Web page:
Speaking to your doctor will help you ascertain exactly what kind of bladder weakness you are suffering from. In a lot of cases this can be helped by making simple changes to your routine and habits. This could include limiting the amount of fluid you take in, eliminating caffeine (which can be a real irritant to your bladder) or learning to hold your urine for longer.
If you’ve ever been pregnant or attended an ante-natal class, you’ll have had the importance of doing your pelvic floor exercises drummed into you. Bladder weakness can be a simple case of weak muscles which means that doing the exercises can build the muscle back up and help reduce any leaks. The most common of these are called Kegels. If you’re not sure how to do your Kegels, or whether you’re doing them properly then check out the advice on the NHS website.
There are also a number of other exercises that can help you with your core and pelvic floor. Squats and bridges are particularly good but for more detailed guidance on exercises that can help prevent bladder weakness check out this Healthline article.
There are medication available that can block chemical messages in the nerves around the bladder. This reduced bladder weakness and leaks by relaxing the bladder muscles and increase your bladder capacity. There are also injectionable medications which thicken your urethra wall so it seals more tightly to stop bladder weakness and leaks.
Treatments using Botox have been shown to really help bladder weakness. Botox injections can relax overactive bladder muscles and the benefits can last several months. You may need to go for repeat injections once or twice a year.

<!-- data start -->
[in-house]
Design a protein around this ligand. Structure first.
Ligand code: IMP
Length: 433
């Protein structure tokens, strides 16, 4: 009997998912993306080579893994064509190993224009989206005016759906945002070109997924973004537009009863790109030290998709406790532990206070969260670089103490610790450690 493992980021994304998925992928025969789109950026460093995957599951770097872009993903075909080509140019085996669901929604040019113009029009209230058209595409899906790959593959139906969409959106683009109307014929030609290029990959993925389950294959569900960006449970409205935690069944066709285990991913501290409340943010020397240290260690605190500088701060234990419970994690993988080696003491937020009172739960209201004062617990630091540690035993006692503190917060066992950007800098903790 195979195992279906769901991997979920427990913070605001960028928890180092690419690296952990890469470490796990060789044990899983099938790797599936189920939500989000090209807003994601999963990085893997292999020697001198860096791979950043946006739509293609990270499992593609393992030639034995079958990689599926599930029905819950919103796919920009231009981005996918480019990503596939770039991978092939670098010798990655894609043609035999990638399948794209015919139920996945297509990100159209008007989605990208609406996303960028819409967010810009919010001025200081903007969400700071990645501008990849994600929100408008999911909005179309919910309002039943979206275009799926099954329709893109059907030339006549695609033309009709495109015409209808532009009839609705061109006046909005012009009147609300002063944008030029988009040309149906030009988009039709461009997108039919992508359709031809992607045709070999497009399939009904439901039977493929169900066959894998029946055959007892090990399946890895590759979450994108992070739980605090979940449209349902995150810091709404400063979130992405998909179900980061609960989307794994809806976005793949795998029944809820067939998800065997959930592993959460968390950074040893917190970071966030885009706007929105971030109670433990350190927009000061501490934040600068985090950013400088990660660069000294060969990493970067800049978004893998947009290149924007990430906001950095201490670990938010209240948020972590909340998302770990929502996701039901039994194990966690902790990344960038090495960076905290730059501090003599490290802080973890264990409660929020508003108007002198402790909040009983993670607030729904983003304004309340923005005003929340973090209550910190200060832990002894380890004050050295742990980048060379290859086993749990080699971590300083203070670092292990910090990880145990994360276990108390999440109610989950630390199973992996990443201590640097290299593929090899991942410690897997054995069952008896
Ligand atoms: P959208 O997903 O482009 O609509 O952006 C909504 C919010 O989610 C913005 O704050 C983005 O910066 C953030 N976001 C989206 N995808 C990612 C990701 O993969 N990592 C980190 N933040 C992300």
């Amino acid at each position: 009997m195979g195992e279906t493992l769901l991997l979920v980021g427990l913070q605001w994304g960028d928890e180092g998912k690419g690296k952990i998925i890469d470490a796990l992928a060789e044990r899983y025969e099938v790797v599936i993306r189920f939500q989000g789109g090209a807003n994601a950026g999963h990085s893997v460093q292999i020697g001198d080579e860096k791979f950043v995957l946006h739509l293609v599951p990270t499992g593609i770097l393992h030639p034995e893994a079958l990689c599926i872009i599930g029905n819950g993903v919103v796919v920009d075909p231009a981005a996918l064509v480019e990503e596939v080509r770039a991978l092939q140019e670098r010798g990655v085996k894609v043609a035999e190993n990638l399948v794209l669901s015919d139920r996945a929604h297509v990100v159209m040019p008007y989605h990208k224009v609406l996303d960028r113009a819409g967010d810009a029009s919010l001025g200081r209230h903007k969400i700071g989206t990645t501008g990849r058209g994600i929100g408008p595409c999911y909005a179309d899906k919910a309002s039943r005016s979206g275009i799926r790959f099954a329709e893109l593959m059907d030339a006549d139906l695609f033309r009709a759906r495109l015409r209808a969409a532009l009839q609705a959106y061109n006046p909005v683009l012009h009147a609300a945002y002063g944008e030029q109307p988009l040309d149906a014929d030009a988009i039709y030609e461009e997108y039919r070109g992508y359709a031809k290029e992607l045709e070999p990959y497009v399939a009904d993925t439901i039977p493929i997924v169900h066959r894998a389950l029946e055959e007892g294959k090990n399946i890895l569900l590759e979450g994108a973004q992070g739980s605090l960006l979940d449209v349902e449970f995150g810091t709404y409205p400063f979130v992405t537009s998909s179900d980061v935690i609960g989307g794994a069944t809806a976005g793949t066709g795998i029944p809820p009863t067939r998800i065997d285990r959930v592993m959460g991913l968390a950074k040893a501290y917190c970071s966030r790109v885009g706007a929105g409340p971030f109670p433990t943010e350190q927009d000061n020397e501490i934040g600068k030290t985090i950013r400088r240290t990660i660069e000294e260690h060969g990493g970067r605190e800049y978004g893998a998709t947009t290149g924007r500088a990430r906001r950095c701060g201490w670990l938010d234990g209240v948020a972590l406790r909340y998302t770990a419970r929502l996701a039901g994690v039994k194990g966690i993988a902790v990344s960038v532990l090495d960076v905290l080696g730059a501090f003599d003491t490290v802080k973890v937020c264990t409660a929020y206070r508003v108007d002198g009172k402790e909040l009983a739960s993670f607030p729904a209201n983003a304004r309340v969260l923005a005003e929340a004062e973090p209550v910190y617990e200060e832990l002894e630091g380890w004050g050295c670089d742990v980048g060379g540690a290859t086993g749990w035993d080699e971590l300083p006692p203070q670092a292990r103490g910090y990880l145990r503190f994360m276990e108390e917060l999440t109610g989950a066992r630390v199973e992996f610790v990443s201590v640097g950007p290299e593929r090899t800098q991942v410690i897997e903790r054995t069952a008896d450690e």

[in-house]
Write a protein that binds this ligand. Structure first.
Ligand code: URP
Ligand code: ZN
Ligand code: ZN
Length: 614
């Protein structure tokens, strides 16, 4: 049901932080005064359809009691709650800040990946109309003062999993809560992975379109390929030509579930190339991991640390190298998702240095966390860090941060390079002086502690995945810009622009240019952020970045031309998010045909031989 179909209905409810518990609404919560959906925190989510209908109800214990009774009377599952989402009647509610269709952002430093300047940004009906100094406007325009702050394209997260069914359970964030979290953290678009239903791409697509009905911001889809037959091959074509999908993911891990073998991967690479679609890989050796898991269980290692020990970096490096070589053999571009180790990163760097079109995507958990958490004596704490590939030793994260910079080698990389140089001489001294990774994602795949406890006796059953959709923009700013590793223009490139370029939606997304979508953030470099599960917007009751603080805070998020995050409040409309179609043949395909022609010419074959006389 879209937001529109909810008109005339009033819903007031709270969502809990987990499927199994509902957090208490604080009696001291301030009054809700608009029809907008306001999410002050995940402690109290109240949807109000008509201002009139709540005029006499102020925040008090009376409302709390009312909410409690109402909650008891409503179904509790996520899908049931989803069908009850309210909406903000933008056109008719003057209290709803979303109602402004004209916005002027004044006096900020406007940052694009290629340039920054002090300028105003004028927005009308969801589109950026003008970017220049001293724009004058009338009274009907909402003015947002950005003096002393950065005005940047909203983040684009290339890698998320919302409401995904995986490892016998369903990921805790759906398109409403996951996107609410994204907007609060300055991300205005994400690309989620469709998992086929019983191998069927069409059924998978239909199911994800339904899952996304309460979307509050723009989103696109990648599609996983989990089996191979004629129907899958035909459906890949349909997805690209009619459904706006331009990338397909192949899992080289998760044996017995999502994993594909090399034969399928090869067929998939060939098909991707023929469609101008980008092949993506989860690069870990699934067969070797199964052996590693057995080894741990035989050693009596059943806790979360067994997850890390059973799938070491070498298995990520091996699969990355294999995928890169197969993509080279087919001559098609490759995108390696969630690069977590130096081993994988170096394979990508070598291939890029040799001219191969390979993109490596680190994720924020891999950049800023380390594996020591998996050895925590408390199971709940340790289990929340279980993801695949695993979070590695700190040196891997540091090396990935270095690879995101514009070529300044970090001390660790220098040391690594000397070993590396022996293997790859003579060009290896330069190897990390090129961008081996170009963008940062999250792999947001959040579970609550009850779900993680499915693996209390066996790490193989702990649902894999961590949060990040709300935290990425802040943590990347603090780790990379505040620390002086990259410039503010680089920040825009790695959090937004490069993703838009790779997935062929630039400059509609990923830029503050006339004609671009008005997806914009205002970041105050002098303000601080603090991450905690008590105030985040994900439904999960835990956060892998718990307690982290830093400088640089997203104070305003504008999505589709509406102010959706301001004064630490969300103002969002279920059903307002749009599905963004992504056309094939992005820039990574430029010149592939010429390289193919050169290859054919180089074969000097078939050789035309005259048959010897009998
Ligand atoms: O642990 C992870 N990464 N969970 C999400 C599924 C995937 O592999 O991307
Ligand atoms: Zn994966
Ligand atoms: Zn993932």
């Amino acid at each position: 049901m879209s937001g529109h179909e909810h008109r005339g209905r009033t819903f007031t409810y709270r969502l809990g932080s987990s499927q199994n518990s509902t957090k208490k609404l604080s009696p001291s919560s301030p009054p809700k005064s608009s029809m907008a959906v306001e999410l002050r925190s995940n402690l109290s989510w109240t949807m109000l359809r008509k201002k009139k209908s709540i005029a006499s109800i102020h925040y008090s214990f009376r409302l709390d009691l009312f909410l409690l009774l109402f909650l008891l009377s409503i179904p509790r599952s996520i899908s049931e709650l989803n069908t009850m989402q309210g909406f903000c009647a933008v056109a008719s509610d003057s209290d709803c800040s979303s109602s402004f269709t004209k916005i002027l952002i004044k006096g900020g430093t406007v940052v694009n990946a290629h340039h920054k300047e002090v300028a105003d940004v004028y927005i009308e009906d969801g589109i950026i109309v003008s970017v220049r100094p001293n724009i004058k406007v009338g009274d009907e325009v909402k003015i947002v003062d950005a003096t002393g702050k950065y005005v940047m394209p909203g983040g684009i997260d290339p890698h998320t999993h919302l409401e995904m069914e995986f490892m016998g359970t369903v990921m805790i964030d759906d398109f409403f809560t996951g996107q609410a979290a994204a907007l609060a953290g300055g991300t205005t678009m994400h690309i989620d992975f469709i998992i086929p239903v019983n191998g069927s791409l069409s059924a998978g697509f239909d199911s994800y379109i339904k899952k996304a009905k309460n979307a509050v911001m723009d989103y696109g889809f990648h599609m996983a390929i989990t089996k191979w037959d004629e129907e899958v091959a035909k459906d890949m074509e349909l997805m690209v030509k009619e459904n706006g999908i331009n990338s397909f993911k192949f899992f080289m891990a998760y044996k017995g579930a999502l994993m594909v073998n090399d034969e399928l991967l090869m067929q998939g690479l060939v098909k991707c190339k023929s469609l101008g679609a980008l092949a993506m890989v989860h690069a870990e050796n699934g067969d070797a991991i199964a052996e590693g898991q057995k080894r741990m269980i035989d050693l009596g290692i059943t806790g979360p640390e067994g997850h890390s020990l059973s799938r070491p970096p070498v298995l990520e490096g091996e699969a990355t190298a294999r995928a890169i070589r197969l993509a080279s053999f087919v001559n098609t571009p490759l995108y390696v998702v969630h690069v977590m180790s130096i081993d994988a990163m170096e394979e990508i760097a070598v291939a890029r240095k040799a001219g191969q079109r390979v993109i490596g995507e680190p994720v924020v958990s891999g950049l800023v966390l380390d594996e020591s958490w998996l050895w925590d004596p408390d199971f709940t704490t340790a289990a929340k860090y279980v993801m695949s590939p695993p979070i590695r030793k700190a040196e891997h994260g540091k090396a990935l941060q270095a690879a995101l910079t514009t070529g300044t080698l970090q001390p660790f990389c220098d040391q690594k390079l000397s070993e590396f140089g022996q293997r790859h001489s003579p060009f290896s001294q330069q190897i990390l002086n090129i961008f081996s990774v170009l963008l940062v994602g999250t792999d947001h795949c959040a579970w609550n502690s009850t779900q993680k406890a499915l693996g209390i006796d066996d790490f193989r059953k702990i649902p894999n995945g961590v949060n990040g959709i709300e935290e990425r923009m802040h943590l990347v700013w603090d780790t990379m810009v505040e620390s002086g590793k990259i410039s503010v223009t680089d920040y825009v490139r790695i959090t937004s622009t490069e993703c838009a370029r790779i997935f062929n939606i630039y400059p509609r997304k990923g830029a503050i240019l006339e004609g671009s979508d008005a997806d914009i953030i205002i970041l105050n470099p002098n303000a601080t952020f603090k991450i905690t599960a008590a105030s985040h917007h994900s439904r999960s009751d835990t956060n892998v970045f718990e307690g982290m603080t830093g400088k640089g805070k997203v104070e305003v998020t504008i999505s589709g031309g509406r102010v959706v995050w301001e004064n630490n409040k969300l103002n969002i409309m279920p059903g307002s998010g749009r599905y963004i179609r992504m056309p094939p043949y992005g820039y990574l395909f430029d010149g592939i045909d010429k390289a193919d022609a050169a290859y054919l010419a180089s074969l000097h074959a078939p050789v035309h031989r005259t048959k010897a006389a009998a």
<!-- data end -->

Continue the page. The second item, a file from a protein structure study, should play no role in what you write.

In more serious cases of bladder weakness, surgical procedures can help. There are devices that can be implanted that send mild electrical pulses to the nerves that control your bladder muscles. There are also ‘slings’ which can be surgically implanted to help support your urethra.
While some of those treatments may seem scary, the point is that there are treatments available. But according to a poll published in 2018 only 38% of women suffering from bladder weakness or incontinence of any kind seek help.
Why aren’t we speaking up?
Embarrassment and shame are central to the silence surrounding bladder weakness. When we are young we are taught it’s embarrassing to be unable to control our bladders. This stigma is something we carry through to adulthood. Speaking to Healthline, Dr. Carolyn Swenson says people, “may be embarrassed or find it difficult to bring up if a doctor doesn’t ask them specifically about it. There are some techniques to help with having these difficult conversations.
“Consider scheduling a separate appointment so it doesn’t get overlooked or minimised because of other health concerns,” Swenson suggests. ” Women can also ask for a referral to see a urologist – a doctor who specialises in the medical and surgical management of urinary incontinence and bladder weakness.”
But if that even sounds too much, Swenson also recommends writing a note. “If you are feeling embarrassed or finding it difficult to bring up to your doctor write down your concerns (note when it happens and how often and what you’re doing when it happens) so that when you are nervous you don’t forget. Having a note will help you recall your concerns and ask your doctor on your next steps.”
There is another reason women don’t talk about bladder weakness. Many assume it’s an inevitable part of ageing. Swenson says, “Many women…often believe it is something they just have to learn to manage on their own. They may think it’s not a real medical problem or be unaware of all the treatments possible.” But, it’s important to recognise bladder weakness and incontinence as a medical problem and to know that there are treatments available.
So, what next?
If you are struggling but haven’t done anything about it then the next step is to start talking about it. You may find it easier to confide in a friend or your partner. Sometimes, speaking to someone you trust will help you gain the confidence to take the next step and speak to a doctor. Always aim to get medical advice though because bladder weakness is incredibly treatable, you just have to ask for help first.